First of all, let me start this article by stating that GrowIT conference in Novi Sad was awesome. It is the exact thing that was missing in our local IT Community, and it seems that the organizers of the conference ticked off many of the ‘good conference’ boxes. As you know, over the years, the job description of software developers has shifted. There are so many things that we are doing today, which go beyond just writing code. We are estimating tasks, talking to the clients, leading teams, and so on. This gives a wide range of topics that one conference should cover and GrowIT did exactly that.

One of the things that I am always glad to see is how our community cares about the psychological well-being of people in our industry. Lately, it has been a trend that conferences include at least one talk about mental health, and this was done by the GrowIT as well. Another thing that I liked a great deal is that there were plenty of talks about leadership. The fact that this conference was held in the city I live in also gave me the opportunity to be a part of it and to share my knowledge of Machine Learning (check out slides and the code here).

Conference and the venue

The guys behind the GrowIT have a lot of experience when it comes to organizing conferences. They have put together several PHP conferences so far, and they used that knowledge and experience to make GrowIT happen. Due to this, it is not that weird that the first full-stack conference was such a success. Of course, there are some rough edges that can be polished, but the overall feel is that Growit hit a bullseye. It was a pleasure to see so many great minds get together to discuss new ideas, technical innovations, and business potentials.

Novi Sad is not a big city and there are not as many many options when it comes to organizing events of this type and velocity. So, it was not a surprise that the conference was held at Kongresni Centar Master, a big place with plenty of space. This space was very well used and the conference had three tracks, meaning – a lot of talks.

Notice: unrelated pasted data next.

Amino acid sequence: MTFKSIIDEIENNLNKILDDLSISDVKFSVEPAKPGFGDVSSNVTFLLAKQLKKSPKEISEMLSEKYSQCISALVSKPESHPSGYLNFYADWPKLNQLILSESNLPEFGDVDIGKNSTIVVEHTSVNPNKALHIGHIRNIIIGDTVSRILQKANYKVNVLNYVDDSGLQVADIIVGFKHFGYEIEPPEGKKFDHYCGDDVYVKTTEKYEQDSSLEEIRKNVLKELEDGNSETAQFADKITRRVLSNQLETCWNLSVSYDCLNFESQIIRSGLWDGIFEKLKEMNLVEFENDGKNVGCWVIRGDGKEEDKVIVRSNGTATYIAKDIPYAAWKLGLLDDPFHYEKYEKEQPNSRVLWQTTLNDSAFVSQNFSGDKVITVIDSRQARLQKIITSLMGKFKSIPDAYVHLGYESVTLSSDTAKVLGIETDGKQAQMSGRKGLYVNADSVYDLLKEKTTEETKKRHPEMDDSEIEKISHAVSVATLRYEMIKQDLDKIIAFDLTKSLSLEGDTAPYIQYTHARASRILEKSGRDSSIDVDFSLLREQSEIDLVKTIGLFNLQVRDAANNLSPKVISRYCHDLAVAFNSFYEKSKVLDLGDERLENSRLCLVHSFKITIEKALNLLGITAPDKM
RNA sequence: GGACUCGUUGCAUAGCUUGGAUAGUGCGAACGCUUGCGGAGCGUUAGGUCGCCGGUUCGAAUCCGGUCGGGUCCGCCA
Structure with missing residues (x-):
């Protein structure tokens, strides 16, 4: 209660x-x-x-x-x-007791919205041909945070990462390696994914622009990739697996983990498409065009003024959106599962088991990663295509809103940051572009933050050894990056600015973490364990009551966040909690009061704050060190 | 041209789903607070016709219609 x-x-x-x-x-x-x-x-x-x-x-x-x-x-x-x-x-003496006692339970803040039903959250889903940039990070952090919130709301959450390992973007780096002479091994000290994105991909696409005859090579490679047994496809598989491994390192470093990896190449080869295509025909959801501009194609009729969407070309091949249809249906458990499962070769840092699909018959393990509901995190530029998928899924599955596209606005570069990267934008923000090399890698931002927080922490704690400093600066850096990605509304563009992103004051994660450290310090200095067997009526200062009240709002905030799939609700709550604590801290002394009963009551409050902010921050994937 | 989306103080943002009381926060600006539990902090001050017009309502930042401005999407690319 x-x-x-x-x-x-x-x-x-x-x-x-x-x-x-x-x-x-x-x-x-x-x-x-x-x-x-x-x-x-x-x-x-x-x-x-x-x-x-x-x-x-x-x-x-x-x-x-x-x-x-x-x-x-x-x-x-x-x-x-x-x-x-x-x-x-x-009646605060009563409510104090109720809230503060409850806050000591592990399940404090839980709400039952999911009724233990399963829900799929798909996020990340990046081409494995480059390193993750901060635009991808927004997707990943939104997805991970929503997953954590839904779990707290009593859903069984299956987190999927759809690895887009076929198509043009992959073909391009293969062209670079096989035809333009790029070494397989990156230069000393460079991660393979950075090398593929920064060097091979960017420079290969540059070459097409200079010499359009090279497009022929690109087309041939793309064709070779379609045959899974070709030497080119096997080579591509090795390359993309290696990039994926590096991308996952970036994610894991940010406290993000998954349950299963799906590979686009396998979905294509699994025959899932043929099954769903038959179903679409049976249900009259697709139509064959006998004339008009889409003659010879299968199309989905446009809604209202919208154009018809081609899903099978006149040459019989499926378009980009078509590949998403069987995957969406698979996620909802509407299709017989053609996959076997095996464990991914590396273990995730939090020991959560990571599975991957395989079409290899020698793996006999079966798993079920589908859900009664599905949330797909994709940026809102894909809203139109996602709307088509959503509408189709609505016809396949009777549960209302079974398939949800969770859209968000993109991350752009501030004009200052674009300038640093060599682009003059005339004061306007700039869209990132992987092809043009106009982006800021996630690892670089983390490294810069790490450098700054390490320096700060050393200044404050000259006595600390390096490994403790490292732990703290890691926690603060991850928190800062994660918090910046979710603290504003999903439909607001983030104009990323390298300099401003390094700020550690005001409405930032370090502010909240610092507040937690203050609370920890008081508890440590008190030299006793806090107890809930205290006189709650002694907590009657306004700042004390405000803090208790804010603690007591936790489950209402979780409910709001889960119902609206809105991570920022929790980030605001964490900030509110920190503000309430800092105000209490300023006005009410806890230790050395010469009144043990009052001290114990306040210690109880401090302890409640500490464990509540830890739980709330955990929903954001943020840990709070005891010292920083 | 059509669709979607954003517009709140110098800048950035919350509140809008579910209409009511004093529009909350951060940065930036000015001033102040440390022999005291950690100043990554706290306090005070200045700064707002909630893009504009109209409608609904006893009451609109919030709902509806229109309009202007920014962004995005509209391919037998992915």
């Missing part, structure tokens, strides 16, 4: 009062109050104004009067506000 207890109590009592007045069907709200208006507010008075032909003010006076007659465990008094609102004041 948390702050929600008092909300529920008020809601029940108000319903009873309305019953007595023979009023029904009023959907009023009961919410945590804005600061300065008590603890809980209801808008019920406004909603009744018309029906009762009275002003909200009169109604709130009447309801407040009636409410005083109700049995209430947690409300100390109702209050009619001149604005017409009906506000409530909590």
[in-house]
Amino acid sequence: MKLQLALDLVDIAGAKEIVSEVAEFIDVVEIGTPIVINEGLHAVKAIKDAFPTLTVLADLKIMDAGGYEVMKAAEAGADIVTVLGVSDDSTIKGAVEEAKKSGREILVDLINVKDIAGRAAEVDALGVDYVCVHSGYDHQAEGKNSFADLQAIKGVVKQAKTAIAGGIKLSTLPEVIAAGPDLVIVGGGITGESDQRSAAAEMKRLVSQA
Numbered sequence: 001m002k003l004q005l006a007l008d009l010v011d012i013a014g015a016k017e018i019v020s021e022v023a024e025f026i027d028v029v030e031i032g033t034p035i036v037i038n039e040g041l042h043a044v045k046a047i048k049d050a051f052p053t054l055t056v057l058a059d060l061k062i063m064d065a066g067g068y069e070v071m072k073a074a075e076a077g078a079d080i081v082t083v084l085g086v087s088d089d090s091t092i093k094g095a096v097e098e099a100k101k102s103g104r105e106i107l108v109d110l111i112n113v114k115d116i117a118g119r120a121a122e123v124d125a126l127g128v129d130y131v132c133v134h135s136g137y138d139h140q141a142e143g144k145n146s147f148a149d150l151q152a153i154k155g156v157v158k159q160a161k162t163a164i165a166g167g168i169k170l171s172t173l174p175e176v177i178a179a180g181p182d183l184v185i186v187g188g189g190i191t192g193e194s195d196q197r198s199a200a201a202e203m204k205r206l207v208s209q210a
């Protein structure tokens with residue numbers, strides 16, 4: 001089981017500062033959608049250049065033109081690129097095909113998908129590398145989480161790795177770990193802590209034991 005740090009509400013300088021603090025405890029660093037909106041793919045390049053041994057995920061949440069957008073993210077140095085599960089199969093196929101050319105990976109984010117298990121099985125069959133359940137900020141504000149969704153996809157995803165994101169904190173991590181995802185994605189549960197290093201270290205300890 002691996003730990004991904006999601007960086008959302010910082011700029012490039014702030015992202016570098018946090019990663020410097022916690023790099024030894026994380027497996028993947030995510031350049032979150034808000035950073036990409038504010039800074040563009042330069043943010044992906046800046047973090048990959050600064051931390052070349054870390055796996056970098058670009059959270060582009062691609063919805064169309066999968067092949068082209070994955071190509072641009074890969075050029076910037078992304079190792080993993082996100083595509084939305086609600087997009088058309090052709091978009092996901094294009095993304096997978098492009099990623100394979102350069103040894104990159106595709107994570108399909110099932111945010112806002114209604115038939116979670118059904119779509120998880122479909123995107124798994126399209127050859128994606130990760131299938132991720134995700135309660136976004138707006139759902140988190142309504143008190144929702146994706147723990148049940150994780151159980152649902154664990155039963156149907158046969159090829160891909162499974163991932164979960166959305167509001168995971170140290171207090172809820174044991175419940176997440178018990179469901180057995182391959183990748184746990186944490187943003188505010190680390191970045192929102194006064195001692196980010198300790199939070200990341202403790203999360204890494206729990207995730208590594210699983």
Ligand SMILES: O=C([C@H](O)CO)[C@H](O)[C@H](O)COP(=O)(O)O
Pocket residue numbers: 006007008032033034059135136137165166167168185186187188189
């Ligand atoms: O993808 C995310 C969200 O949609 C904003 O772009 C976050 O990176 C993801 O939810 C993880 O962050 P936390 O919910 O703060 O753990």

The conference was marketed as a full-stack conference, the term which can be understood differently by different people. This reflected in a manner that we had topics that are vastly different from one another. As expected, there were plenty of technical talks about front-end, back-end, databases, DevOps and testing, but agile and leadership talks had their place as well. The panel on the first day was inspiring and engaging too. To sum it up, “full-stack” in this particular context meant “every aspect of the industry”, which was pretty cool.

Among many talks, I managed to be blown away by quite a few. Here is the list of the talks that had the biggest impact on me. The list is not in any particular order. It is, however, very subjective, even though I’ve tried to be as objective as I could. Of course, soon you will be able to check out all the talks at the conference’s website and pick your favorites.

Lemi Orhan Ergin – Slow down to go faster than ever, but how?

The Keynote of the first day was reserved for the co-founder of Craftbase and Turkish Software Craftsmanship Community – Lemi Ophan Ergin. This guy got famous when he found the issue in the MacOS, known as Apple root bug. So, yes, we were to a strong start. Since he worked as a developer, team lead and Agile coach, he had a lot of insights about where we should keep our focus on. His main point was that rushing in software development is decreasing the productivity and increasing complexity.

He also insisted that business as such has more value from sustainable speed than from the pushing a lot of features at once. The antidote was served in a form of eleven pieces of advice grouped in three big groups. First group revolved around people: who you should hire and learning/practicing mindset. The second group was about processes, plans and waste. Finally, the last pieces of advice were regarding the product development itself and best practices.

Zoran Horvat – So, you’re writing code one line at a time? Yeah, right.